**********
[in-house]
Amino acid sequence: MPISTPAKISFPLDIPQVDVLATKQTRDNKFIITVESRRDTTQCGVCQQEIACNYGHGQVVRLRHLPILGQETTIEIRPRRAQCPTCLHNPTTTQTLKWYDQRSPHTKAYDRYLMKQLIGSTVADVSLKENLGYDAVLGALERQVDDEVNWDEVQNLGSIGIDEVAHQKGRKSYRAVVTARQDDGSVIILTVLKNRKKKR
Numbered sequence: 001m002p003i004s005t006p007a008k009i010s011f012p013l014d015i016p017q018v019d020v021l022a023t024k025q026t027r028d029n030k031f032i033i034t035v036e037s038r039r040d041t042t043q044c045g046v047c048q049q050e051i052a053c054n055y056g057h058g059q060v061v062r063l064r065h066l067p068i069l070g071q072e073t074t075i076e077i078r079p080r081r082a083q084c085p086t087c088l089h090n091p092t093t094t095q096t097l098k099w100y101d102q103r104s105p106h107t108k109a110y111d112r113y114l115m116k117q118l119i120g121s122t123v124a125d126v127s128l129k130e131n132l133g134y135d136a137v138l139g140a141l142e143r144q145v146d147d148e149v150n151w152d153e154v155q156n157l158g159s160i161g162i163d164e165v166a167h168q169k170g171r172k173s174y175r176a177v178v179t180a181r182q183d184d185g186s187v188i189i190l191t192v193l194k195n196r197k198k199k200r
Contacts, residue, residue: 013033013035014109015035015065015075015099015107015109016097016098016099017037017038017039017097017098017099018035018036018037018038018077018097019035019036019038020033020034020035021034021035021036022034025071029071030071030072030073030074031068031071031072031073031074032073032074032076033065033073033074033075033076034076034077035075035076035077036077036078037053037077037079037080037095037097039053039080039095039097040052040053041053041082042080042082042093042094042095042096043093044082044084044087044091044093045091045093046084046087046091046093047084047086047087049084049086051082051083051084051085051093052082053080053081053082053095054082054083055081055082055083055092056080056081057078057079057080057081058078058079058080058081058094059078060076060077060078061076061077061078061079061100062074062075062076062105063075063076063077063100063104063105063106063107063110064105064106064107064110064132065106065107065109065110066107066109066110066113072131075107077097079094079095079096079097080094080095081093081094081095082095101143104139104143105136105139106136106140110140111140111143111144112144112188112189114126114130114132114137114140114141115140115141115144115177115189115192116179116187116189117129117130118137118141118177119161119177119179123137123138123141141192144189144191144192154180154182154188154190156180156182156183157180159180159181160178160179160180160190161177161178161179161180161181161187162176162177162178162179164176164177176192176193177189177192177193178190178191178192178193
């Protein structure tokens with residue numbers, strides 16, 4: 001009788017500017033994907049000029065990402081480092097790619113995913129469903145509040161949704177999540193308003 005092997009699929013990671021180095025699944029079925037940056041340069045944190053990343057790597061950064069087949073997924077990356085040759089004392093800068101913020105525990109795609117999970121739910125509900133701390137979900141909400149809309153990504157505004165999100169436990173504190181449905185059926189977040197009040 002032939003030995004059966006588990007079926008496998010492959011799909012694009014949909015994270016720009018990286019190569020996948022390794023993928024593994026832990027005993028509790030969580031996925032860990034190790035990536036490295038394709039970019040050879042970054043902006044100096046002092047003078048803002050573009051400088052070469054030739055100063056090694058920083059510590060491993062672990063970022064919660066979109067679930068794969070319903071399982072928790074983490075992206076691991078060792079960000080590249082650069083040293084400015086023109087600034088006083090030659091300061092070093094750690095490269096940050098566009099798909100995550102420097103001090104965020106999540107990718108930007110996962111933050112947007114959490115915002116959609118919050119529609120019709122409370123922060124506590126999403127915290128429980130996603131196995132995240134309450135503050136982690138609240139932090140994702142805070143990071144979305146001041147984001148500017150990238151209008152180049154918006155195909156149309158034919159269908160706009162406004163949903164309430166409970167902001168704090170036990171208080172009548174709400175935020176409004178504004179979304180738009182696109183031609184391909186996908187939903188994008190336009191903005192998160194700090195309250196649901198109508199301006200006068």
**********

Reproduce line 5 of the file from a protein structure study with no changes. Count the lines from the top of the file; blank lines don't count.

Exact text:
């Protein structure tokens with residue numbers, strides 16, 4: 001009788017500017033994907049000029065990402081480092097790619113995913129469903145509040161949704177999540193308003 005092997009699929013990671021180095025699944029079925037940056041340069045944190053990343057790597061950064069087949073997924077990356085040759089004392093800068101913020105525990109795609117999970121739910125509900133701390137979900141909400149809309153990504157505004165999100169436990173504190181449905185059926189977040197009040 002032939003030995004059966006588990007079926008496998010492959011799909012694009014949909015994270016720009018990286019190569020996948022390794023993928024593994026832990027005993028509790030969580031996925032860990034190790035990536036490295038394709039970019040050879042970054043902006044100096046002092047003078048803002050573009051400088052070469054030739055100063056090694058920083059510590060491993062672990063970022064919660066979109067679930068794969070319903071399982072928790074983490075992206076691991078060792079960000080590249082650069083040293084400015086023109087600034088006083090030659091300061092070093094750690095490269096940050098566009099798909100995550102420097103001090104965020106999540107990718108930007110996962111933050112947007114959490115915002116959609118919050119529609120019709122409370123922060124506590126999403127915290128429980130996603131196995132995240134309450135503050136982690138609240139932090140994702142805070143990071144979305146001041147984001148500017150990238151209008152180049154918006155195909156149309158034919159269908160706009162406004163949903164309430166409970167902001168704090170036990171208080172009548174709400175935020176409004178504004179979304180738009182696109183031609184391909186996908187939903188994008190336009191903005192998160194700090195309250196649901198109508199301006200006068």